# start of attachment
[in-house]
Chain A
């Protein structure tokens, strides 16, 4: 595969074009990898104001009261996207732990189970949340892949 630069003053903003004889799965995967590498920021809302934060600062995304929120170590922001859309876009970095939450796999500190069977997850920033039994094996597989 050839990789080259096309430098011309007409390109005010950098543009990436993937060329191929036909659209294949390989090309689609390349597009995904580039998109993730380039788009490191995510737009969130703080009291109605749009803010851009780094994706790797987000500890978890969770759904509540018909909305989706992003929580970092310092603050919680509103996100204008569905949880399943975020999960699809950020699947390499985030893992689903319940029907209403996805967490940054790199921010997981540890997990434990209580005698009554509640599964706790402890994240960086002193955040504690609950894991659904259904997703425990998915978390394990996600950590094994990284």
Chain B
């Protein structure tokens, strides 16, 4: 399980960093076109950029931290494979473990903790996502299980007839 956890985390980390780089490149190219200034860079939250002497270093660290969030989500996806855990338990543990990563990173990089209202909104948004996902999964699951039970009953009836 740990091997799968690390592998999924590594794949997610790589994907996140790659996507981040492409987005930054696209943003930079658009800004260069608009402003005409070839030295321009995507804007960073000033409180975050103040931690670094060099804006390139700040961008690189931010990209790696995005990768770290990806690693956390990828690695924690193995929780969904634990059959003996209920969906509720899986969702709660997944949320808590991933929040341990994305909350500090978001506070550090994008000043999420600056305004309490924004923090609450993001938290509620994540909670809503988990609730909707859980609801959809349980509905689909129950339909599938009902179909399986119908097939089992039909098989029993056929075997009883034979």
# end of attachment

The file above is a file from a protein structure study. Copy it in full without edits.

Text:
[in-house]
Chain A
């Protein structure tokens, strides 16, 4: 595969074009990898104001009261996207732990189970949340892949 630069003053903003004889799965995967590498920021809302934060600062995304929120170590922001859309876009970095939450796999500190069977997850920033039994094996597989 050839990789080259096309430098011309007409390109005010950098543009990436993937060329191929036909659209294949390989090309689609390349597009995904580039998109993730380039788009490191995510737009969130703080009291109605749009803010851009780094994706790797987000500890978890969770759904509540018909909305989706992003929580970092310092603050919680509103996100204008569905949880399943975020999960699809950020699947390499985030893992689903319940029907209403996805967490940054790199921010997981540890997990434990209580005698009554509640599964706790402890994240960086002193955040504690609950894991659904259904997703425990998915978390394990996600950590094994990284």
Chain B
């Protein structure tokens, strides 16, 4: 399980960093076109950029931290494979473990903790996502299980007839 956890985390980390780089490149190219200034860079939250002497270093660290969030989500996806855990338990543990990563990173990089209202909104948004996902999964699951039970009953009836 740990091997799968690390592998999924590594794949997610790589994907996140790659996507981040492409987005930054696209943003930079658009800004260069608009402003005409070839030295321009995507804007960073000033409180975050103040931690670094060099804006390139700040961008690189931010990209790696995005990768770290990806690693956390990828690695924690193995929780969904634990059959003996209920969906509720899986969702709660997944949320808590991933929040341990994305909350500090978001506070550090994008000043999420600056305004309490924004923090609450993001938290509620994540909670809503988990609730909707859980609801959809349980509905689909129950339909599938009902179909399986119908097939089992039909098989029993056929075997009883034979």